Charlotte’s Demo Day lets startup talent shine

At Demo Day last year, Amish Shah saw potential.

At Demo Day this year, he saw polish, resonant pitches and nine companies poised to make it big.

More than 200 entrepreneurs, potential investors and corporate-types gathered Tuesday afternoon on the fifth floor of uptown startup hub Packard Place to see the third class of companies emerge from the intensive 12-week RevTech Labs program.

The program, which got more than 100 applicants, entitles a select group of startup founders to four months of free workspace and mentoring, as they develop their products, nail their presentations and shore up their business models.

Shah, founding partner of Charlotte-based Sierra Maya Ventures, one of the world’s top-ranked seed venture funds, is their lead adviser.

Shah says after Demo Day last year – his first introduction to Packard Place – he saw in RevTech an opportunity to raise the profile of Charlotte’s up-and-coming startup scene. And this year’s class didn’t disappoint.

The companies ran the gamut from a mobile-gaming platform founded by a developer and Hollywood screenwriter ( Kydaemos) to an app that helps professionals save and share restaurant recommendations ( Paradine) to a company that lets veterinarians offer tele-medical services and conduct consultations for cash ( ItsYourVet).

Many of them already have customers and a revenue stream.

Three of the companies attended TechCrunch Disrupt, a NYC-based conference that’s a magnet for angel investors, venture capitalists and the strongest up-and-coming tech startups.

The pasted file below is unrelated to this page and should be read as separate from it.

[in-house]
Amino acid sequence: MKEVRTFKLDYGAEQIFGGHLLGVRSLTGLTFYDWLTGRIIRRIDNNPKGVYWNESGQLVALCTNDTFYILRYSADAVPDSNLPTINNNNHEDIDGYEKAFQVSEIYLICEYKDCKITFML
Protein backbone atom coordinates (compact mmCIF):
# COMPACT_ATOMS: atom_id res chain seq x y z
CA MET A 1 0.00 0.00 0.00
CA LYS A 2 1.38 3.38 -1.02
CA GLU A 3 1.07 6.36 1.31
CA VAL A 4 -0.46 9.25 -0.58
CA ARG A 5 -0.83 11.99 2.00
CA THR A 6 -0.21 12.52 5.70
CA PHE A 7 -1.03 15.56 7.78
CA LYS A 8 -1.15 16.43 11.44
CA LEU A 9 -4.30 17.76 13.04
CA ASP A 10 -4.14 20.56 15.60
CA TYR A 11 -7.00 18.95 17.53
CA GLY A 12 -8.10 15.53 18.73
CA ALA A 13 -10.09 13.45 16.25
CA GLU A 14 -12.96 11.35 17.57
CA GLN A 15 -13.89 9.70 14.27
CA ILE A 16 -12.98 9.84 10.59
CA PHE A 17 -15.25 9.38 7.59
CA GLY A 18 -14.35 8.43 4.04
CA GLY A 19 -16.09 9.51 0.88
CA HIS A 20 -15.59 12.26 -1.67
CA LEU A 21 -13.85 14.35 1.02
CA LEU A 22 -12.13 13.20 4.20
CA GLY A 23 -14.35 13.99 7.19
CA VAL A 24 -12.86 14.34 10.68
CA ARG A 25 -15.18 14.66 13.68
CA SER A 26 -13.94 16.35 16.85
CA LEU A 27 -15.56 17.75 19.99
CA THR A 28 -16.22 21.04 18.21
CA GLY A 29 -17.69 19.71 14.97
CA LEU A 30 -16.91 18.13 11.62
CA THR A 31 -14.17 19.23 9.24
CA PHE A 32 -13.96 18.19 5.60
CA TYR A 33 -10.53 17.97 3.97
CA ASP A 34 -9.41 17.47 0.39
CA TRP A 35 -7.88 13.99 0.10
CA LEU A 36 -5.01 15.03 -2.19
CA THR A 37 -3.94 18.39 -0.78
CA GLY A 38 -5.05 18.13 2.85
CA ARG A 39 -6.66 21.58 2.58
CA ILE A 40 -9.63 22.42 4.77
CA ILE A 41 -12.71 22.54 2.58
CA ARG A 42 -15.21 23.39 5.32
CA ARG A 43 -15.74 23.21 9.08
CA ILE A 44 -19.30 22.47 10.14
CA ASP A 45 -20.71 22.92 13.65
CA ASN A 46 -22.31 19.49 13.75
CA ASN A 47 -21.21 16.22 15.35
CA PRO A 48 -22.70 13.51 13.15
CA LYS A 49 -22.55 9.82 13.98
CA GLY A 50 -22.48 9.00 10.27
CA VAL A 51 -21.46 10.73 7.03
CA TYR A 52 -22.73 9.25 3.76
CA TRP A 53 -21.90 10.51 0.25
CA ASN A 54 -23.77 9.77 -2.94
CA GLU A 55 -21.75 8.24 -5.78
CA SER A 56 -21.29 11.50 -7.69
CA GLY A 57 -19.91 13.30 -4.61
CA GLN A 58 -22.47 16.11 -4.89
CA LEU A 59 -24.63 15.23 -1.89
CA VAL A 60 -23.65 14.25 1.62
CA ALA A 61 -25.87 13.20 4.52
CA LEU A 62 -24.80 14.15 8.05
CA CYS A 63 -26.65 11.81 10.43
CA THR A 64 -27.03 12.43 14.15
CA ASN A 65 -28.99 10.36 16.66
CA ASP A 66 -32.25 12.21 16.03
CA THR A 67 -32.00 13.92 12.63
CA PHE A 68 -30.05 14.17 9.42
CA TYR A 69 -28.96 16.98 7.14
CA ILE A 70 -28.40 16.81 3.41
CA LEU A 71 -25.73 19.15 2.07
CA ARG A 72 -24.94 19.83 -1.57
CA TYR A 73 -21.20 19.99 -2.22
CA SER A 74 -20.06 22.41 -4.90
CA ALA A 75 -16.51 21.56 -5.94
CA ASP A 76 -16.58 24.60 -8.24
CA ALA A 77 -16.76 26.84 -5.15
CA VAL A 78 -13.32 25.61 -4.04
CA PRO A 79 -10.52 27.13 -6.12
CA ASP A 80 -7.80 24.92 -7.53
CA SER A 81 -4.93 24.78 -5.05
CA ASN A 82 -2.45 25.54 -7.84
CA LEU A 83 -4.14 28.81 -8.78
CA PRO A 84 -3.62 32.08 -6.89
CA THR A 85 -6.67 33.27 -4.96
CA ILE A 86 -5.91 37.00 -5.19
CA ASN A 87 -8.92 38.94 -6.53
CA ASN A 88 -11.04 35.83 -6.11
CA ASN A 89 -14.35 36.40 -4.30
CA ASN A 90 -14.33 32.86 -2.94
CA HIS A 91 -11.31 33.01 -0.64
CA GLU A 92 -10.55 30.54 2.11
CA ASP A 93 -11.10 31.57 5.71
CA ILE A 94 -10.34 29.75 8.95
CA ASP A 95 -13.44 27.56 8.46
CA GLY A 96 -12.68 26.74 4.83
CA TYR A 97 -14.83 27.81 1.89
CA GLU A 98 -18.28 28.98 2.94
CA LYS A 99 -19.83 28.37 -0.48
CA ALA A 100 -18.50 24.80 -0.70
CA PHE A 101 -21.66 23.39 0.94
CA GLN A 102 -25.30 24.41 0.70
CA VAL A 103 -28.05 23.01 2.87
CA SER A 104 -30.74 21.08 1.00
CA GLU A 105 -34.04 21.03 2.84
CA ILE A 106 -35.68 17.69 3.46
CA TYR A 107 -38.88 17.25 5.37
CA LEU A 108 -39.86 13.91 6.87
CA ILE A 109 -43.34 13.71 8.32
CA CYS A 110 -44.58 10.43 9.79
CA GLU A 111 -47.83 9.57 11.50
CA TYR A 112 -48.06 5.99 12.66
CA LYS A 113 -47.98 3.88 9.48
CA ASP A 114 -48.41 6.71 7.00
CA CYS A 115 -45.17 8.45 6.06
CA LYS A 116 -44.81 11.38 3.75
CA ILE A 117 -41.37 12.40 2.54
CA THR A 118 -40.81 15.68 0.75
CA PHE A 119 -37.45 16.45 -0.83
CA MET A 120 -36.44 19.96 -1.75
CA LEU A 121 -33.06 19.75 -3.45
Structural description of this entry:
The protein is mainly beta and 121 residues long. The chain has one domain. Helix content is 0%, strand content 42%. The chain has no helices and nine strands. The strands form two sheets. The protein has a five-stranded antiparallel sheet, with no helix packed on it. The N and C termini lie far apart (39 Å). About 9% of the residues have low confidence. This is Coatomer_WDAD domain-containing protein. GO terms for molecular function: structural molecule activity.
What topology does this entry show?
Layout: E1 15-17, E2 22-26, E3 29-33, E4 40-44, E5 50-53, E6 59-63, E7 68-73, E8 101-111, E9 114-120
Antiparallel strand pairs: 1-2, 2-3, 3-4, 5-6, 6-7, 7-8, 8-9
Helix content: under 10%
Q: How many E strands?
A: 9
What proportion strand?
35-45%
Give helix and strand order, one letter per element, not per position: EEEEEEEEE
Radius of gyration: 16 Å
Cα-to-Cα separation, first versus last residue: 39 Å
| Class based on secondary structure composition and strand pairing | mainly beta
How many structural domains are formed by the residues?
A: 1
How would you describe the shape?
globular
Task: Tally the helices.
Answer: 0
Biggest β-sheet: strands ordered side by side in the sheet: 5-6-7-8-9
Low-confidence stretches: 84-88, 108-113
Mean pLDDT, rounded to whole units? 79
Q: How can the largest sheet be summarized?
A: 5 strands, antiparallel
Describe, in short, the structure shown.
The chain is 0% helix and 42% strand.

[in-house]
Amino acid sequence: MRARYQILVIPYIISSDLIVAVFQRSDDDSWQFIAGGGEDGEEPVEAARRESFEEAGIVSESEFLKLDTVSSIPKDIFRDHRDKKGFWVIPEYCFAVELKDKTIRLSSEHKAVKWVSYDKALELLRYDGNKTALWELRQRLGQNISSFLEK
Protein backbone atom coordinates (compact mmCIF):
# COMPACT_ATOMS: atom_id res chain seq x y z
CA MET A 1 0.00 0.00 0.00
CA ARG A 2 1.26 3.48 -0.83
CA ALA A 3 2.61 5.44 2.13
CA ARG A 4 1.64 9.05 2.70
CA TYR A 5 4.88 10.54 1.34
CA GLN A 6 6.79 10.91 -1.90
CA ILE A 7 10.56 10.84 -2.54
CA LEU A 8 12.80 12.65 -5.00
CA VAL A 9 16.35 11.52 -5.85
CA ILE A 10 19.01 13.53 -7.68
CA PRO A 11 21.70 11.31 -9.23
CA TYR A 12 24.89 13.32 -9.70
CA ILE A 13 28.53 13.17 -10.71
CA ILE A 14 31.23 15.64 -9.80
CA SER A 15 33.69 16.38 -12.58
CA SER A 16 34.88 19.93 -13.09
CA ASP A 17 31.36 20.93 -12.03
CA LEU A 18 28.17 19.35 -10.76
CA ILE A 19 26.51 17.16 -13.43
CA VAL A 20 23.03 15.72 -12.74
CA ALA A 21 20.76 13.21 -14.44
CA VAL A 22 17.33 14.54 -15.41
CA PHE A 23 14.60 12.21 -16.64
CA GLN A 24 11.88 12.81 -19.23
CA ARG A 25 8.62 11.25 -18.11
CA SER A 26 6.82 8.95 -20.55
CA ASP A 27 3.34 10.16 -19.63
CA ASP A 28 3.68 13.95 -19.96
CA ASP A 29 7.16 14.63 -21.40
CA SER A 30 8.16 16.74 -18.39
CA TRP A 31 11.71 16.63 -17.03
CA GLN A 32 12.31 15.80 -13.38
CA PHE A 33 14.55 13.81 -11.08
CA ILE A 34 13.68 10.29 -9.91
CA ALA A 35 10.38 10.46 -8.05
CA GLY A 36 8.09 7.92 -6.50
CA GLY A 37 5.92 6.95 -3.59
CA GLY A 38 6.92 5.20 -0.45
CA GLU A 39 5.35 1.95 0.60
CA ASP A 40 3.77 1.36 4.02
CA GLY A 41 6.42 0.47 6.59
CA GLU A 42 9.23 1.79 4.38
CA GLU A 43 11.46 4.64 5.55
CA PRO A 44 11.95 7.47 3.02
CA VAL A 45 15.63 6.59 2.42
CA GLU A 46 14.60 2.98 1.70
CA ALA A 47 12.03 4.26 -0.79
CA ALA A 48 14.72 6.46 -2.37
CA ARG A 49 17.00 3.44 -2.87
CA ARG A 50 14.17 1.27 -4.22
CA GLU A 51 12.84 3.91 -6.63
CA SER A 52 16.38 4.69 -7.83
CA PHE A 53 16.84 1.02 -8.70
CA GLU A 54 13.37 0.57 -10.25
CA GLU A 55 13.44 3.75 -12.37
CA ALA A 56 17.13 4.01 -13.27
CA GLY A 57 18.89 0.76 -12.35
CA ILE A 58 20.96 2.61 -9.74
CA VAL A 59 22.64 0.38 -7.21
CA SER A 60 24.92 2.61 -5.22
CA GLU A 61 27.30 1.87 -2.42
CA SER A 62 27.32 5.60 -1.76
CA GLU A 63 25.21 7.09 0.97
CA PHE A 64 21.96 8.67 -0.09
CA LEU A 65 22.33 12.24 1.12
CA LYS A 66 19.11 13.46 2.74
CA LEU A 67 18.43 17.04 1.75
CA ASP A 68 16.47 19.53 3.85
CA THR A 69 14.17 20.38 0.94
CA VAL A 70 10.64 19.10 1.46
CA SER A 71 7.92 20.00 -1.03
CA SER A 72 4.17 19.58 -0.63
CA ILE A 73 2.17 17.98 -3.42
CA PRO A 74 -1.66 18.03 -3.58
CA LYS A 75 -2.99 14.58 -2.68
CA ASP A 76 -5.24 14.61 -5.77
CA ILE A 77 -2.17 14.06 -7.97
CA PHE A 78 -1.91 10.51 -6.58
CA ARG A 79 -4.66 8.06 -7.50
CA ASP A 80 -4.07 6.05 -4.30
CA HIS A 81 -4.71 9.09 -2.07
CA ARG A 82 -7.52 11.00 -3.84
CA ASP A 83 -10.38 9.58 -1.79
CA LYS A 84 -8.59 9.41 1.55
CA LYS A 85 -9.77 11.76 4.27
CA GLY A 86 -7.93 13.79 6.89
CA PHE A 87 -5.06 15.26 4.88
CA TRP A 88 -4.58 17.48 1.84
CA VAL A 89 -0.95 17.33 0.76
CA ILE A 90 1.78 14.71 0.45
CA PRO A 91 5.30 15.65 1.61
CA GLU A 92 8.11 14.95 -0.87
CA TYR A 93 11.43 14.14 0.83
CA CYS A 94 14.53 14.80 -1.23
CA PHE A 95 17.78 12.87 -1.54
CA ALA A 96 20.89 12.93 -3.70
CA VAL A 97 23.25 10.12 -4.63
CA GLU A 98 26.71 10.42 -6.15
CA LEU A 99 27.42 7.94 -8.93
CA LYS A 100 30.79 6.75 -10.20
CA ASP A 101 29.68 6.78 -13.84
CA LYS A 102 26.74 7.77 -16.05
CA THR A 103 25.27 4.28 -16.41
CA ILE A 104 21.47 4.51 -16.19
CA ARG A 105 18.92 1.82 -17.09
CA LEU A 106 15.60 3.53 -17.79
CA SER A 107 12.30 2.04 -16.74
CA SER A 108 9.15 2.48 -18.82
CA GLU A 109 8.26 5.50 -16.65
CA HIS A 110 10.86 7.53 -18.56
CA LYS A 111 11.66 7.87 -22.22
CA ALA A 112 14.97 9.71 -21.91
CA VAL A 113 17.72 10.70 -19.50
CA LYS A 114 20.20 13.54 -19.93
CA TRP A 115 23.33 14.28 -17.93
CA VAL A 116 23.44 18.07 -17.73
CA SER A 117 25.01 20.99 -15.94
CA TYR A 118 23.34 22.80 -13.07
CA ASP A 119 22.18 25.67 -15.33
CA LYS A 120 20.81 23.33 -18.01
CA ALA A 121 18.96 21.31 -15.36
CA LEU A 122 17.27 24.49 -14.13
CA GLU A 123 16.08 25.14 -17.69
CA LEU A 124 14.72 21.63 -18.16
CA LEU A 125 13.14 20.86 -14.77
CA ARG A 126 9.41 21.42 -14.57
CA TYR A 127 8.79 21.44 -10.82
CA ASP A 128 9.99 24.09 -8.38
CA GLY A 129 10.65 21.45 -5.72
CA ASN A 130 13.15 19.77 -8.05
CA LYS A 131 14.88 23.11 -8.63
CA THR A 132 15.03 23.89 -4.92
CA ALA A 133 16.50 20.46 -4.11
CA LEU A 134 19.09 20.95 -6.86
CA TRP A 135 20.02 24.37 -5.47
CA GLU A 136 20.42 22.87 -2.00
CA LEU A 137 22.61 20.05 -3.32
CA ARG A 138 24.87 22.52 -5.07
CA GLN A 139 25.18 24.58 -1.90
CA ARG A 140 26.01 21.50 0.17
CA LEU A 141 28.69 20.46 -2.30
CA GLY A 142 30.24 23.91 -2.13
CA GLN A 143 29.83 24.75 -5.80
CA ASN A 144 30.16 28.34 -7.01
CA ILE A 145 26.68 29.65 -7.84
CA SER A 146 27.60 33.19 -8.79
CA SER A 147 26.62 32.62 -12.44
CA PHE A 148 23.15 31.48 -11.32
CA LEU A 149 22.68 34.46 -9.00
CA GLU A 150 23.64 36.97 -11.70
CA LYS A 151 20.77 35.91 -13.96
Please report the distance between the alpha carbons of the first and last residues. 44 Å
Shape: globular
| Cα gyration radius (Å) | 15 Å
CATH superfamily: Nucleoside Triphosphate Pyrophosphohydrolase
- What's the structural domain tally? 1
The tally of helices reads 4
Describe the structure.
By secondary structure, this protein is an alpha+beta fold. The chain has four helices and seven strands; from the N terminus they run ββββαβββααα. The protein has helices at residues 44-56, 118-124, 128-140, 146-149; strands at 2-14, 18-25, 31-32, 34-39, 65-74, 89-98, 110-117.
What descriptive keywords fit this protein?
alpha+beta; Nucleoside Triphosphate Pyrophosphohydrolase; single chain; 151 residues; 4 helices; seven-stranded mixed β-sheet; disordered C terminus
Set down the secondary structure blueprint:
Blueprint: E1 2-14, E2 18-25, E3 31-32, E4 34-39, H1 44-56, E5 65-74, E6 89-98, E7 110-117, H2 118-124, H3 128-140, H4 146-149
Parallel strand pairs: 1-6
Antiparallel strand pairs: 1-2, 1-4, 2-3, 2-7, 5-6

And, announced at Demo Day, Charlotte-based eCampus – an online tool that helps college students find compatible roommates, sell textbooks and connect with classmates who have similar interests – will be only the 20th company and first in the Southeast to make it on WeFunder, an exclusive crowdfunding platform for accredited investors.

Thousands of companies apply to be on WeFunder every month, Shah said, because more than 28,000 accredited investors use it to fund promising companies.

The companies like eCampus that make it through the vetting process are “like a Porsche,” Shah said. “Got to be good.”

And now, accredited investors eying RevTech companies have a new way to fund their operations: a 506(c) index fund created by Shah and Dan Roselli, founder of Packard Place.

The fund will allow accredited investors – with either an annual income of $200,000 or a net worth of $1 million – to invest a minimum of $10,000 across all nine companies, increasing their chances of a higher return.

The fund will be open until Friday, Shah said.

Companies are allowed to use the funds for everything from office space and hiring, to product development and marketing.

After eCampus co-founders Justin Gaither and Dan Thibodeau, the final presenters, stepped out of the spotlight, the audience gave all of the RevTech companies a round of applause that echoed in the room.

And Shah, watching from the sidelines, teared up.